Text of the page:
November 8, 2008 was my last drill with the 269th Combat Communications Squadron. While I officially remain a part of the Ohio Air National Guard until Nov. 28, the 8th was my last opportunity to participate in the monthly ritual that characterizes the service of the citizen airman before I separate.
I joined the Ohio Air National Guard and the 269th on Nov. 29, 1993. Since then, the people of the 269th have transformed from fellow military members into part of my family. Those men and women are among the finest Americans I have ever known, and I count it an honor to have been numbered among them for a time.
Why leave now?
An interesting quirk of my personality is that I tend to define myself by the things I spend the most time doing. Right now, I spend more time being a college student than just about anything else, and I consistently tend to think of myself as a student even though I spend lots of time doing lots of other things. In 1999, I began working full-time for the 269th, first on orders and later as an air technician. During that period, I came to define myself as a Guardsman to the exlusion of a lot of other things.
One of the things that came to be excluded was my desire to write. I have wanted to write, especially fiction, since I was in the seventh grade, and as time has passed since then, that desire has only grown. Since I returned to college, I have earned an associates degree in creative writing and worked for a college newspaper, both events that cemented for me the realization that writing is my future.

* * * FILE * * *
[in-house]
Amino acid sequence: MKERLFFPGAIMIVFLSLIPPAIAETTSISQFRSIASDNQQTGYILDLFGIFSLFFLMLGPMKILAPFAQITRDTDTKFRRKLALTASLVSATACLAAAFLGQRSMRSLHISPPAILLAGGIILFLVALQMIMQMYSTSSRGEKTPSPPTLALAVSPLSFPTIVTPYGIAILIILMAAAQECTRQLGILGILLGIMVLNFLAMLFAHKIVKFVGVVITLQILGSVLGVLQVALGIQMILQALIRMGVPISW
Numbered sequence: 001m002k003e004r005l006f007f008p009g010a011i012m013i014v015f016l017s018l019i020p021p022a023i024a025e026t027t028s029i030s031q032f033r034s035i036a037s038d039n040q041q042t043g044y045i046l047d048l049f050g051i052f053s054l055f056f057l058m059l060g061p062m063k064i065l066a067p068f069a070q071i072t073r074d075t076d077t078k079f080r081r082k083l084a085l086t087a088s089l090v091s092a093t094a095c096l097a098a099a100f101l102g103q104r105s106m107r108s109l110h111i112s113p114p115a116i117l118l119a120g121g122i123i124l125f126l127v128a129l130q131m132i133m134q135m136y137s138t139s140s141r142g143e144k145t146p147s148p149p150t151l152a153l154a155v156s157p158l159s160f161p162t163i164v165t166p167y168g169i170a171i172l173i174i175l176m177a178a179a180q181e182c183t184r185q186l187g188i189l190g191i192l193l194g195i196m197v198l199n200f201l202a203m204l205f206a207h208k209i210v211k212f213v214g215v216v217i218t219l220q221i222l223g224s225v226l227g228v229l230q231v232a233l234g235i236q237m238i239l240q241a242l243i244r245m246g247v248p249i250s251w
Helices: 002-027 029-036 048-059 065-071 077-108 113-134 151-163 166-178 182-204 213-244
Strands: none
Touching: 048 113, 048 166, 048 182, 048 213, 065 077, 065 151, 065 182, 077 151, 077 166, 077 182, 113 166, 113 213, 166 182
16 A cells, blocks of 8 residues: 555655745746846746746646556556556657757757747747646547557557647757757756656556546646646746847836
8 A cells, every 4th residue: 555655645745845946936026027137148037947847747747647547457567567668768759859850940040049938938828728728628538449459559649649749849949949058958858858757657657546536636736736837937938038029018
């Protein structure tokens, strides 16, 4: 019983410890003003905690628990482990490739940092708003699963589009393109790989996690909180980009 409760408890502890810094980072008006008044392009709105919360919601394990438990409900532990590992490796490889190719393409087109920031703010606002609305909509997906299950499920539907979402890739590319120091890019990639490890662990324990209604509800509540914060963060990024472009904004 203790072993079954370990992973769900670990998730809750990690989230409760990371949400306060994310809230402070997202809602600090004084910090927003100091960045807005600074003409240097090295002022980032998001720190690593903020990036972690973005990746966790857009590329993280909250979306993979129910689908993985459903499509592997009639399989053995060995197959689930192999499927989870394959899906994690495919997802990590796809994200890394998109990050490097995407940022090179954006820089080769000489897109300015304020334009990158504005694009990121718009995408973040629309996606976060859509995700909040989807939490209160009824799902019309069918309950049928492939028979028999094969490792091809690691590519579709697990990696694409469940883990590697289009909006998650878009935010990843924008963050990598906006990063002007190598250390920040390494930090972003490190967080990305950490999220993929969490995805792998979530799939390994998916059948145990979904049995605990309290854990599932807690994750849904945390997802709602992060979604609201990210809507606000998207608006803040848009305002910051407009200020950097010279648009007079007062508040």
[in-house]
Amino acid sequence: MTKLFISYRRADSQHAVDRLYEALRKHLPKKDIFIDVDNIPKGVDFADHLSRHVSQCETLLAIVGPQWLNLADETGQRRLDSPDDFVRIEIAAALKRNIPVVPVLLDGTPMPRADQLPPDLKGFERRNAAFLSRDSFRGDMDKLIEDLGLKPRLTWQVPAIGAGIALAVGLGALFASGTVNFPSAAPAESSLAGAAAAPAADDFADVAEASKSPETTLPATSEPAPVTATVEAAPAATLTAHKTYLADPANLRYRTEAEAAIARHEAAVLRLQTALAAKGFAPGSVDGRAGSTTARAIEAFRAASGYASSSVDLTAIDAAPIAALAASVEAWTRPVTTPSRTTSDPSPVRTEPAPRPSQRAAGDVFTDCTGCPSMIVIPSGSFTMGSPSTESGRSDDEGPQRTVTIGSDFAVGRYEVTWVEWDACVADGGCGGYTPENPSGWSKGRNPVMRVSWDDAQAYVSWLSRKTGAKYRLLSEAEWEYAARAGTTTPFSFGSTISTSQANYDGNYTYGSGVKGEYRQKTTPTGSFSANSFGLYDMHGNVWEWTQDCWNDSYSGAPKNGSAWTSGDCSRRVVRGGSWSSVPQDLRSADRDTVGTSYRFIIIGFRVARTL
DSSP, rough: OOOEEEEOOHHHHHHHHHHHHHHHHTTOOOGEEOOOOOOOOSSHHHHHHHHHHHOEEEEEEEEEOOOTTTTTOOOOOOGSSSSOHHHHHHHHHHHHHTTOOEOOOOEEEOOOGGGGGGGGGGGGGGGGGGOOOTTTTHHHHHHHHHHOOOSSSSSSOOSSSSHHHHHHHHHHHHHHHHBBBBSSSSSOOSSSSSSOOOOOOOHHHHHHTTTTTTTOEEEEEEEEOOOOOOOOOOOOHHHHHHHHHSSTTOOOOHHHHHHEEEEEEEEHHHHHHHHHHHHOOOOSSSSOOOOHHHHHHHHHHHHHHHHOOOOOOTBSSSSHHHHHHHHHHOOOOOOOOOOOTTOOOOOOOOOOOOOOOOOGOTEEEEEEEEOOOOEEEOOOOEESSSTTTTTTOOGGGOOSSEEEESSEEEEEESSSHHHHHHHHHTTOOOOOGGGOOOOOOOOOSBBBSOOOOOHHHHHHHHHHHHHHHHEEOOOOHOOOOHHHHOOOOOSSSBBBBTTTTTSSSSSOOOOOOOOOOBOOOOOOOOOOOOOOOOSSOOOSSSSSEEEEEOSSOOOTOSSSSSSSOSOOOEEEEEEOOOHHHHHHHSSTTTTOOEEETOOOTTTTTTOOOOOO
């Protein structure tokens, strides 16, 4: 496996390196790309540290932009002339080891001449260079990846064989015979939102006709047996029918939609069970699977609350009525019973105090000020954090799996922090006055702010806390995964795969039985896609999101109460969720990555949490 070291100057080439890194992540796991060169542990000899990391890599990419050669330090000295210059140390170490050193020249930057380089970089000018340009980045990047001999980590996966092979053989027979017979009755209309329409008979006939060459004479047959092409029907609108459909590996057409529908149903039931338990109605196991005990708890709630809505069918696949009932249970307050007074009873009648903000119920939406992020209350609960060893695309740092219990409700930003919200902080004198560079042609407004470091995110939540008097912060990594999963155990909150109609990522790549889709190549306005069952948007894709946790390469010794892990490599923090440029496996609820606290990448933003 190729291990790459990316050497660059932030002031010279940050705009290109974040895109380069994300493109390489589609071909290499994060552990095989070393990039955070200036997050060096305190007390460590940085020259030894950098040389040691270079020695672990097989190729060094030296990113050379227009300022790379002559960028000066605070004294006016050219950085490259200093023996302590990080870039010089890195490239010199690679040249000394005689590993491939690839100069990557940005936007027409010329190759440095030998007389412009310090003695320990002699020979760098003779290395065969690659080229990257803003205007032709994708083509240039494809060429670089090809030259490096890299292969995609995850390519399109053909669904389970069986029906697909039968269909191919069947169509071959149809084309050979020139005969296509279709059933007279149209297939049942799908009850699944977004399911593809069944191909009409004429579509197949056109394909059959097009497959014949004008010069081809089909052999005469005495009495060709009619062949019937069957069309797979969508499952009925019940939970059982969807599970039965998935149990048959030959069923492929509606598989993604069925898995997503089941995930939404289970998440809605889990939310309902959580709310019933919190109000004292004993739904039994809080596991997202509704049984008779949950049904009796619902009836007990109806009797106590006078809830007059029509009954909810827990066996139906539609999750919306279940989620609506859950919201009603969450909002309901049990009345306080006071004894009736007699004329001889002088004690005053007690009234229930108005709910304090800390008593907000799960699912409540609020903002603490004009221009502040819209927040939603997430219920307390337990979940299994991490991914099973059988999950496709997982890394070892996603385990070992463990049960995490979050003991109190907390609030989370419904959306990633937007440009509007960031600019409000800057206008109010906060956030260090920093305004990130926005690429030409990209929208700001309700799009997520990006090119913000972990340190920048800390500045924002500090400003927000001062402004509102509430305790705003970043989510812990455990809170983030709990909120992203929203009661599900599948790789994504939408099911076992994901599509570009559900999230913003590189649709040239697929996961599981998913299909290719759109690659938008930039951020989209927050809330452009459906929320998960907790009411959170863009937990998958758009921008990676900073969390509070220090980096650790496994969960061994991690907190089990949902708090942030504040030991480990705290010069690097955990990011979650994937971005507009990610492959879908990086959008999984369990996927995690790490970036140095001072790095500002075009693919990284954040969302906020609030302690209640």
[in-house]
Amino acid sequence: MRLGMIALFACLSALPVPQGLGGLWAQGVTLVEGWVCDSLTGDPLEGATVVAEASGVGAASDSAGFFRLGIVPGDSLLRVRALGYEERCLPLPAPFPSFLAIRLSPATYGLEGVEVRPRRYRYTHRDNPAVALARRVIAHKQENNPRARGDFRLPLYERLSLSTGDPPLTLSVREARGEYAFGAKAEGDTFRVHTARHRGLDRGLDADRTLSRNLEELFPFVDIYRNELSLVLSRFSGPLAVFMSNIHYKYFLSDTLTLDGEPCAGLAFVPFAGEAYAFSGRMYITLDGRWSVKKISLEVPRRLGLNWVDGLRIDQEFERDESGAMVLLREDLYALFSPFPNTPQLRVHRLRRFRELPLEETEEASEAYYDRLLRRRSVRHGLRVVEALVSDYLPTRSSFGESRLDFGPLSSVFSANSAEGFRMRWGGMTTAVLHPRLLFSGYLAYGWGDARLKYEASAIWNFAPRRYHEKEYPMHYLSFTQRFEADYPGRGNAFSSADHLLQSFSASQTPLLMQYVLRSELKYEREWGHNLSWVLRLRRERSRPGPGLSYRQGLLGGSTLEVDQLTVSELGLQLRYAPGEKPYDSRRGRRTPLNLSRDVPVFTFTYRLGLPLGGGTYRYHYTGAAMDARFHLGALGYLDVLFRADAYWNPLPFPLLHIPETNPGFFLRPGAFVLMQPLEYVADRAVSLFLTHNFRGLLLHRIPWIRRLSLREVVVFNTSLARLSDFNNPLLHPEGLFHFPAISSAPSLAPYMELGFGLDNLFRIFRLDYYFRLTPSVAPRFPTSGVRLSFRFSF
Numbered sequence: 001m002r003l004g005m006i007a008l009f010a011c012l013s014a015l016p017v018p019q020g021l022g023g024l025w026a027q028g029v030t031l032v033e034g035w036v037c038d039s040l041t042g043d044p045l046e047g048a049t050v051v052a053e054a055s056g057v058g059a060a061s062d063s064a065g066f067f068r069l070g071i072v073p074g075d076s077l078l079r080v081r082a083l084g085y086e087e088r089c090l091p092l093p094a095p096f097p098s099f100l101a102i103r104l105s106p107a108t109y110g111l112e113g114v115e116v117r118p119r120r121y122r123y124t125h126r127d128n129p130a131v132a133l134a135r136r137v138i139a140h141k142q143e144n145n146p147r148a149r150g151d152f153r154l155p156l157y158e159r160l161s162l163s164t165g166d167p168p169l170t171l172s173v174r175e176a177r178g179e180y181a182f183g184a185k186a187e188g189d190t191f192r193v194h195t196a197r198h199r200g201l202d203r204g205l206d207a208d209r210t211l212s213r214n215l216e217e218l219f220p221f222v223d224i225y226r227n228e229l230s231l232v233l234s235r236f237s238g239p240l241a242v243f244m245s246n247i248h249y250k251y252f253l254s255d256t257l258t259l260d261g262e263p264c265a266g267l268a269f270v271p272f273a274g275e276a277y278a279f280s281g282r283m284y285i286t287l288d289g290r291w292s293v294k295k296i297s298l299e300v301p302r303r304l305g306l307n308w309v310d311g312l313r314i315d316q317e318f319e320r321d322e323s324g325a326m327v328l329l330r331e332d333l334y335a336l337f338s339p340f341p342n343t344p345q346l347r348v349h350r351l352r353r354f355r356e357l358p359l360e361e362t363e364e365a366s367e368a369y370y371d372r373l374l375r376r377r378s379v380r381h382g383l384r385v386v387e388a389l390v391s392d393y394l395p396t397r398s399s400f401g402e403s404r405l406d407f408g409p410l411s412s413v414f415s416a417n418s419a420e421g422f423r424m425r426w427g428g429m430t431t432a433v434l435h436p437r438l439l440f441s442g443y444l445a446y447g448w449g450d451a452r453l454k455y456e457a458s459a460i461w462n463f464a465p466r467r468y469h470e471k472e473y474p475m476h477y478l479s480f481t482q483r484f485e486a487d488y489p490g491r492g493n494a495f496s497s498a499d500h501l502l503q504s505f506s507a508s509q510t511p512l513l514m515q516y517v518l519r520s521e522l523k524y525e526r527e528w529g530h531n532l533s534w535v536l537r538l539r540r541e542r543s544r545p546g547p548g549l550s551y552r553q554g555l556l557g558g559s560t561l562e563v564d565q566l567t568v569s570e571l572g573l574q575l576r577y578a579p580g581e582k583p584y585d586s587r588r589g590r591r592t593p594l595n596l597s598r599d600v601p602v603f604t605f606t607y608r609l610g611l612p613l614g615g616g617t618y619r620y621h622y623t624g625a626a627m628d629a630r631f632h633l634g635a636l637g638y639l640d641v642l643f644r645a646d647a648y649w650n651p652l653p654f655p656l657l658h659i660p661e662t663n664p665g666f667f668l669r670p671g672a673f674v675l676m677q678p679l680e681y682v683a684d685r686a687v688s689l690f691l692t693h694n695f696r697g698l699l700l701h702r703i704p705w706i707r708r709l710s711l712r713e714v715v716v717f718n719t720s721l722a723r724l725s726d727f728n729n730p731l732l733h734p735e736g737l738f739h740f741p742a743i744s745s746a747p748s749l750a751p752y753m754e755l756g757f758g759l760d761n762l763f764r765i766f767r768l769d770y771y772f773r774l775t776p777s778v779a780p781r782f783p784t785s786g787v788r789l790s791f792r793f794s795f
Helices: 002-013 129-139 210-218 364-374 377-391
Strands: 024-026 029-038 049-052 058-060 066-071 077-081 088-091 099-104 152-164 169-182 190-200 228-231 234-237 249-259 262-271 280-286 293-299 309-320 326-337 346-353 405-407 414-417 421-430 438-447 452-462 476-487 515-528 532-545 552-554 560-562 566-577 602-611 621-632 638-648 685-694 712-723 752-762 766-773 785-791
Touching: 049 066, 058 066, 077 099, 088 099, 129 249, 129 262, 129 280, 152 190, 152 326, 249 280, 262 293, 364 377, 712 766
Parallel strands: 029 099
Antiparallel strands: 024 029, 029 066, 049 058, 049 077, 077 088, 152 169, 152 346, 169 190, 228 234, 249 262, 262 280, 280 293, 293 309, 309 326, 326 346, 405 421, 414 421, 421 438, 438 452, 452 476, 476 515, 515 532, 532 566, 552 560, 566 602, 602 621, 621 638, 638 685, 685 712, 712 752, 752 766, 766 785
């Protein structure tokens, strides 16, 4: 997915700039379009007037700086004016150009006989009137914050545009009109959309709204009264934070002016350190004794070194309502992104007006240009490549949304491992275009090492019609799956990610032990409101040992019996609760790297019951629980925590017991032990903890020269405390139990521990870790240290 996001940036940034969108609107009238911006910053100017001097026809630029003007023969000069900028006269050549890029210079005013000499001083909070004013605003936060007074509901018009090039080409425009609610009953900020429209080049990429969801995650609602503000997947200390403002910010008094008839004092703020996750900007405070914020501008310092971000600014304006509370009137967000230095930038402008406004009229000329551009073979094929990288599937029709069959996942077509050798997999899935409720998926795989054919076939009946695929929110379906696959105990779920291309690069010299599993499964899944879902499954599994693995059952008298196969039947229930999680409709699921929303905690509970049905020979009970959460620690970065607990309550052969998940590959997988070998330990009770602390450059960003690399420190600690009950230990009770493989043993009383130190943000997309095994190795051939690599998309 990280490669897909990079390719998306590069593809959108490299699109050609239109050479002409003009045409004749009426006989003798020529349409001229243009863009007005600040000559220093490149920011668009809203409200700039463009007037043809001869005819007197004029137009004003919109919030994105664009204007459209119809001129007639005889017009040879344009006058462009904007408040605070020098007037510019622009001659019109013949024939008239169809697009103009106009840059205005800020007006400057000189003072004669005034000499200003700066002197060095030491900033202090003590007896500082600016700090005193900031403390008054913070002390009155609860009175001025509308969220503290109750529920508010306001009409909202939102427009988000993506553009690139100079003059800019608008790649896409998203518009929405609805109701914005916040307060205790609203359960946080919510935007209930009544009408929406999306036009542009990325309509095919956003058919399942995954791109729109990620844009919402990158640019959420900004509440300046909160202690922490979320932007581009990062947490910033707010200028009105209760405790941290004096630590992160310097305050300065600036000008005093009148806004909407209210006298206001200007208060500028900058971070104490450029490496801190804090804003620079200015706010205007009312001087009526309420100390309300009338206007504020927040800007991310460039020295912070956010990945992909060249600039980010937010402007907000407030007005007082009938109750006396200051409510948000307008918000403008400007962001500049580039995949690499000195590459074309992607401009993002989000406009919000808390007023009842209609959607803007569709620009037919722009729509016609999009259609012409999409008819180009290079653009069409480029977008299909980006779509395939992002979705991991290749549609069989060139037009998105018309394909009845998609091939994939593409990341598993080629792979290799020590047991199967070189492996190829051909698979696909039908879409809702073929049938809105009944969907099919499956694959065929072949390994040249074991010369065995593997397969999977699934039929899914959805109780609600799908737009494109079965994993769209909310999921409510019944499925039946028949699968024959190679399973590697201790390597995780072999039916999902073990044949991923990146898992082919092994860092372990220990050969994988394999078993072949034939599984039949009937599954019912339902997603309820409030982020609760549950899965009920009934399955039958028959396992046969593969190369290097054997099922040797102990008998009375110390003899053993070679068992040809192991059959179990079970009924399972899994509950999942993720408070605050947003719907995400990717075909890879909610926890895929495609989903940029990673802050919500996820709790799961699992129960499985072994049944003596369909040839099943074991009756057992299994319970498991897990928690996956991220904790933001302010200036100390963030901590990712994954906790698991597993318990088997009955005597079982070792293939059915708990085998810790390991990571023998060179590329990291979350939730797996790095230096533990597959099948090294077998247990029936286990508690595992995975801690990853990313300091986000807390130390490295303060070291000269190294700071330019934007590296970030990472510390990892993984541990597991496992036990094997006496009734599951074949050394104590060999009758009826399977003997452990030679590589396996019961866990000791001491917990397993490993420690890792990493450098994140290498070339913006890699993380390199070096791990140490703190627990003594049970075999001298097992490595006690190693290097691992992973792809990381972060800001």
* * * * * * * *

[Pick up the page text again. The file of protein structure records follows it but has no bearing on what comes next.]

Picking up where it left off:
What resulted is the realization that I could not continue to be a Guardsman and a Writer. In trying to be both, I was doing neither of them well. I take my service to my nation very seriously, and the thought of giving it less and less attention as I pursued writing as a career was unacceptable to me.
This was a hard choice, but it was obvious to me that it was time to go. God has placed me on another path, one I never imagined even a year ago, and it is a path I want to pursue with all of my effort.
So what now?
Over the past couple of years, my pursuit of writing has slowly revealed a path to me. I want to write and get published, especially fiction, but I am not putting all of my eggs in that precarious basket. In considering what else I am willing to do as a writer, it finally occurred to me that the only other thing that I am willing to do beyond writing is to teach others how to write. Some people reading this post might be surprised by this conclusion, but I can assure you that I do not want to work for anyone else in the traditional sense unless it is by returning to public service in the military. I believe teaching, especially at the college level, gives someone like me the greatest freedom to pursue my desire and my goals.
So, from here, I will finish what I need to a the community college level, then return to the university level to finish a bachelor’s degree in creative writing. After that, it is at least a master’s degree program and probably also a PhD. My hope is that, in the next six to ten years, I will be writing, published, and teaching somewhere at the college level.
My time in the military represents a huge part of the person I am today, and for that service I have no regrets. I hope that I am able, through my future endeavors, to give something back to the military that gave me so much. In the mean time, I have set my face resolutely to the future and whatever it may bring.